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Rates of treated schizophrenia and its clinical and cultural features in the population isolate of the Iban of Sarawak: a tri-diagnostic approach

  • ROBERT BARRETT (a1), PETER LOA (a1), EDWARD JERAH (a1), DEREK NANCARROW (a1), DAVID CHANT (a1) and BRYAN MOWRY (a1)...

Abstract

Background. We present results of a study of treated rates of schizophrenia among the Iban of Sarawak, Malaysia. Most Iban live in longhouses, each comprising a kindred group of up to 300 individuals. Cultural practices such as minimal intermarriage with members of adjacent ethnic groups and in-depth genealogical knowledge make them a population suitable for genetic investigation. Iban culture is conducive to a focus on symptoms and illness, and to patterns of treatment-seeking behaviour that are enthusiastic and persistent.

Method. We identified all known cases of psychotic disorder within a defined catchment area based on an exhaustive survey of available medical records. From corresponding Malaysian census data (91056 persons), we report rates of treated schizophrenia in the Iban population, using three diagnostic systems, as well as the demographic and clinical characteristics of these individuals.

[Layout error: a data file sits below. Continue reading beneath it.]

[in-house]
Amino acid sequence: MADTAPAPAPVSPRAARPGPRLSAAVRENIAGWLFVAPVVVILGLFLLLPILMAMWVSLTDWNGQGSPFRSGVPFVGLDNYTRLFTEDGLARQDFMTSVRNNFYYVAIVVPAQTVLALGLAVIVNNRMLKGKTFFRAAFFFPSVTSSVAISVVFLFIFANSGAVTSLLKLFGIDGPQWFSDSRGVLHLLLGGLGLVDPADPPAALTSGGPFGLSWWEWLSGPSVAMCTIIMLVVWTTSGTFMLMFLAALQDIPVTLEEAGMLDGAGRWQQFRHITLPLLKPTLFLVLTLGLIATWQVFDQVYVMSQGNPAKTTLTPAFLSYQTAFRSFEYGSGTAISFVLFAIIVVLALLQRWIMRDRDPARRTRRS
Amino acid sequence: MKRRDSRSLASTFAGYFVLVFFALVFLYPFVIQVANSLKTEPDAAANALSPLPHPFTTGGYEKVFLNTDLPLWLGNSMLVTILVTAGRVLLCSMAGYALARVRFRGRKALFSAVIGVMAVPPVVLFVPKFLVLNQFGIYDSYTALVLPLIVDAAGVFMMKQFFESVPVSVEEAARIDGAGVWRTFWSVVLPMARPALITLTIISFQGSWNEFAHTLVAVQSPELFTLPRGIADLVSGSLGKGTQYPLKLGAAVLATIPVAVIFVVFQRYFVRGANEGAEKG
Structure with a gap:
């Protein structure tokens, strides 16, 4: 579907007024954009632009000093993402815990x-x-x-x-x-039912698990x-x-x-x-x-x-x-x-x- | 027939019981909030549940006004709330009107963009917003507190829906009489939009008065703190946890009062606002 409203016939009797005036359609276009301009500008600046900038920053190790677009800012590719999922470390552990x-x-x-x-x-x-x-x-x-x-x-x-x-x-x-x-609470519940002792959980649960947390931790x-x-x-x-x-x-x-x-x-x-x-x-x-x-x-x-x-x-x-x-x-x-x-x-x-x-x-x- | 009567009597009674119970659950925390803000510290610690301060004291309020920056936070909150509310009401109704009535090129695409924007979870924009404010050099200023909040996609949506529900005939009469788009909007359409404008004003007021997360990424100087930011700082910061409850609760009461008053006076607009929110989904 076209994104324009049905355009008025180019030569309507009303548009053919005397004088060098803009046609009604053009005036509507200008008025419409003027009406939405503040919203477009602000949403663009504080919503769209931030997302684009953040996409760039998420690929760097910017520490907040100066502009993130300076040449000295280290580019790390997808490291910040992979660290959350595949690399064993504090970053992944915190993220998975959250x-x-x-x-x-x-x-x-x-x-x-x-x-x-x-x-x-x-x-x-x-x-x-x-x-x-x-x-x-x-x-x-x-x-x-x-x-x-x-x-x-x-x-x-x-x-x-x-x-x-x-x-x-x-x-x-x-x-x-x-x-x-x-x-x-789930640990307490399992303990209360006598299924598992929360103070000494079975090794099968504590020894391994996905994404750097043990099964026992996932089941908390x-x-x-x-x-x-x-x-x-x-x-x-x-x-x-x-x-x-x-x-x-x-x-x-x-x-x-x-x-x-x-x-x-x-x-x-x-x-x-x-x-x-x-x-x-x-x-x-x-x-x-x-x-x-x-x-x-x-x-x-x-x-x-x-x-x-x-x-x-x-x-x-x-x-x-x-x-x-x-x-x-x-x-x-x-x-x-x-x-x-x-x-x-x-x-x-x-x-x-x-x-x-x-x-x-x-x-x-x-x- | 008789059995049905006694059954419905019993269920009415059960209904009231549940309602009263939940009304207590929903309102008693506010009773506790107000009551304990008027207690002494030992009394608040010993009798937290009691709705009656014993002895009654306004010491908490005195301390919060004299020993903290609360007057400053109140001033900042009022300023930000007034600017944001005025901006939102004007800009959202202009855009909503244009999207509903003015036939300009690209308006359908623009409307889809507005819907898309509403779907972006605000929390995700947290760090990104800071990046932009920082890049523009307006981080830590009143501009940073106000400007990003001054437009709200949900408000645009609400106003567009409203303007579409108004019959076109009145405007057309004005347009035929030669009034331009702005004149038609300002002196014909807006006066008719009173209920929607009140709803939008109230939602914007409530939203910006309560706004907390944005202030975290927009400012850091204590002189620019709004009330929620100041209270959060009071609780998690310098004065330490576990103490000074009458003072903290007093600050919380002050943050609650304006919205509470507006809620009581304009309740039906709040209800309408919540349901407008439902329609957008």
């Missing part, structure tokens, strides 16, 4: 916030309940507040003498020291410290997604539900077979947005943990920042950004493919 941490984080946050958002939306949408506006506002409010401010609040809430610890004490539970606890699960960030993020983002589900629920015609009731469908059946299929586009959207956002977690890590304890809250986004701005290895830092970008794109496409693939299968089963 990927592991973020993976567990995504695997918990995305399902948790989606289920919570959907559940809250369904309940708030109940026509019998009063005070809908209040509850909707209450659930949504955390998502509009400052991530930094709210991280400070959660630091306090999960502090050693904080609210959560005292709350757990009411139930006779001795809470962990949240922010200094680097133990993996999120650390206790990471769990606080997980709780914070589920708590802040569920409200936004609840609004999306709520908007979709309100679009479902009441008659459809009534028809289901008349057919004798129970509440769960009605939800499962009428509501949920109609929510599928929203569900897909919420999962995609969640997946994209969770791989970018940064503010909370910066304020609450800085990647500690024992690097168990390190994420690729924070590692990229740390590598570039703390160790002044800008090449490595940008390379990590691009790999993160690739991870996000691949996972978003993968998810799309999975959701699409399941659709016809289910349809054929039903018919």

Results. The most frequent presenting complaints were insomnia and aggression. We found higher treated rates for narrowly defined schizophrenia among males, but no significant gender difference for age of onset. Estimates of treated rates to age 55 years (per 10000) for narrow schizophrenia were 41·9 (ICD-10), 56·5 (DSM-IV), and 83 (RDC), while the rates for broad schizophrenia were 105·5, 103·2, and 107·5 respectively.

Conclusions. Treated rates of schizophrenia were higher than the reported prevalence for many populations at risk, including many small-scale societies, although different methodological approaches may partly explain these findings. Given the cultural patterns of Iban treatment-seeking behaviour, treated rates of schizophrenia reported here may closely approximate the population prevalence of this disorder.

Copyright

Corresponding author

Dr Bryan J. Mowry, Queensland Centre for Mental Health Research, The Park, Centre for Mental Health, Wacol, Queensland 4076 Australia. (Email: bryan_mowry@qcmhr.uq.edu.au)

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